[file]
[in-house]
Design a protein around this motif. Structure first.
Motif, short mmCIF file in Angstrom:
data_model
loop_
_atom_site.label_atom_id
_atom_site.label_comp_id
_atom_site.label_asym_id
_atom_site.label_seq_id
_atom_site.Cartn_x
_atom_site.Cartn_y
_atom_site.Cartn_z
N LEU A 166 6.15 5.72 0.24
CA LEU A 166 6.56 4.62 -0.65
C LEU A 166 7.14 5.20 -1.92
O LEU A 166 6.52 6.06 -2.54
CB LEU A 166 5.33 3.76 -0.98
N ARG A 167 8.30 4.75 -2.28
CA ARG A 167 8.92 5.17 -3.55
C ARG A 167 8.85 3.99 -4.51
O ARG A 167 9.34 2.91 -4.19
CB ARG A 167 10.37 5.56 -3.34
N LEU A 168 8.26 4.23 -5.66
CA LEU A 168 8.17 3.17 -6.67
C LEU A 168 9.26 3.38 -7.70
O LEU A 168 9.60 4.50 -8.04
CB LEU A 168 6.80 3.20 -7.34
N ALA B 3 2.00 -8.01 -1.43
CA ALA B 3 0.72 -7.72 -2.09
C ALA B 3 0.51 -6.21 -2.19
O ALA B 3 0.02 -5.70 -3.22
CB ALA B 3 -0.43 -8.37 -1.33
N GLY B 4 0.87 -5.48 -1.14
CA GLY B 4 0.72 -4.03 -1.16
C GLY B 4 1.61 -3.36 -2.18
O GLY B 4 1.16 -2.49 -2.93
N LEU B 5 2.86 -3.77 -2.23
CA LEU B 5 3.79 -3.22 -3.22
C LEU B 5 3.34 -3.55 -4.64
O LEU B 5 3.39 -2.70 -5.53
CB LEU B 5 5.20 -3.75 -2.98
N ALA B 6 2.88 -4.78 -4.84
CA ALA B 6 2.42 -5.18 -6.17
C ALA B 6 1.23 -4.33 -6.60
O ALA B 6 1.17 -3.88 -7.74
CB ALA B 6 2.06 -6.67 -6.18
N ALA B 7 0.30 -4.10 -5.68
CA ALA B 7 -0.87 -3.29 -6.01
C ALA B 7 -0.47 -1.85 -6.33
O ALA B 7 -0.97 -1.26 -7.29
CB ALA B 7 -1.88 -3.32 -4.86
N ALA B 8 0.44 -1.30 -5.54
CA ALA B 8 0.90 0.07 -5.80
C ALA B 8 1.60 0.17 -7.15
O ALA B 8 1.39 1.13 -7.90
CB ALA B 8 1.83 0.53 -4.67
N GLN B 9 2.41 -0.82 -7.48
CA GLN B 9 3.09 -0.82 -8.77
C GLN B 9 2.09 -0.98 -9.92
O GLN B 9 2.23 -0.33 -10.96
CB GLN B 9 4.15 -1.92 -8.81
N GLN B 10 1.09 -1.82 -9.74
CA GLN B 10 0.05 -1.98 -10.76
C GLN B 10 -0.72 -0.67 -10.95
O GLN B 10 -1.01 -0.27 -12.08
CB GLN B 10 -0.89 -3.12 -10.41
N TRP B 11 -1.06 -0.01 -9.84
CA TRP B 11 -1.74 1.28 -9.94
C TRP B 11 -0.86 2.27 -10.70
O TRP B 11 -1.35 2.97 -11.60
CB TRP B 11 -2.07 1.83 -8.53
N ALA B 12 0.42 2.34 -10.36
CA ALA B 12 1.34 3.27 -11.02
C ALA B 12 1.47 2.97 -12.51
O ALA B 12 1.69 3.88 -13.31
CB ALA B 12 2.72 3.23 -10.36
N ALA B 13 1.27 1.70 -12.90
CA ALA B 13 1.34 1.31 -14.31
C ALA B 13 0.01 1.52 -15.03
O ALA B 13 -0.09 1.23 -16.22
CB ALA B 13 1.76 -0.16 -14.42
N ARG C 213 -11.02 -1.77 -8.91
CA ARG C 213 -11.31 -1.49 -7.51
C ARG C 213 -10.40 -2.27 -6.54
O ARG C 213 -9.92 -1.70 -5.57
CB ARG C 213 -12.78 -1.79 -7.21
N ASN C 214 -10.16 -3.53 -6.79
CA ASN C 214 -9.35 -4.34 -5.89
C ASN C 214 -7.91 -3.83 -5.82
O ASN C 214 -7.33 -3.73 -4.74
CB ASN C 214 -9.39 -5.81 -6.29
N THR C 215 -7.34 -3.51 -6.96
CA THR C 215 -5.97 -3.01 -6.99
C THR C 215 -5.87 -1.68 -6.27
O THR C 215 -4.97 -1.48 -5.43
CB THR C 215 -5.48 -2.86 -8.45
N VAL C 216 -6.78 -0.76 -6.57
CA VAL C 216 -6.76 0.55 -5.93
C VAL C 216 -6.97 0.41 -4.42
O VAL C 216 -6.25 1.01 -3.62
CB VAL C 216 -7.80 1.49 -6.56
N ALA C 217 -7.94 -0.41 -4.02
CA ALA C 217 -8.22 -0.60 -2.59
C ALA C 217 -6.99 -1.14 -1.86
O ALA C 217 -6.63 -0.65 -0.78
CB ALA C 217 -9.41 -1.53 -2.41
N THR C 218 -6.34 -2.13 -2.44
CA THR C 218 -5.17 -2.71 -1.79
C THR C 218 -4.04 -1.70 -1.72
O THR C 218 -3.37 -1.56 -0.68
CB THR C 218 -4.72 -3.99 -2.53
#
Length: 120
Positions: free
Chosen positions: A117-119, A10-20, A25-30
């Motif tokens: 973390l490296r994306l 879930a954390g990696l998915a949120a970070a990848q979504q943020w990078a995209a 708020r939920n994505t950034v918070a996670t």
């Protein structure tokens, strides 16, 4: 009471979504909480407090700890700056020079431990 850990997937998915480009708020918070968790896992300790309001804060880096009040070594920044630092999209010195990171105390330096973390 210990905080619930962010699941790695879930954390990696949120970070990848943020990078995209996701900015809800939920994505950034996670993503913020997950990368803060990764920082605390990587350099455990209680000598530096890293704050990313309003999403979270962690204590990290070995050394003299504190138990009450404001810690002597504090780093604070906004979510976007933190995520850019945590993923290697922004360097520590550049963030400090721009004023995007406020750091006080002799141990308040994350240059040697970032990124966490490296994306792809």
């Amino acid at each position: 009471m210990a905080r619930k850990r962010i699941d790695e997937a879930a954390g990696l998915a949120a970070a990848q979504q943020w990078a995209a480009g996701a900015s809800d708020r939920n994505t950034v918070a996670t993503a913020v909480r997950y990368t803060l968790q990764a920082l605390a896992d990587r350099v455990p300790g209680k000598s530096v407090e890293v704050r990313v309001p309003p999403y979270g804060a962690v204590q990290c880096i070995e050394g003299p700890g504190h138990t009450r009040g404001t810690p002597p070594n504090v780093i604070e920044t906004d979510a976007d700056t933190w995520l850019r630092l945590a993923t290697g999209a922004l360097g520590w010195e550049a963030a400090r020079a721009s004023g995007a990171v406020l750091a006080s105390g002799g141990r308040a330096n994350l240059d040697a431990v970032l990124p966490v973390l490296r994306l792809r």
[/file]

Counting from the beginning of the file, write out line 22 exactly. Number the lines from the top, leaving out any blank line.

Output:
CB ARG A 167 10.37 5.56 -3.34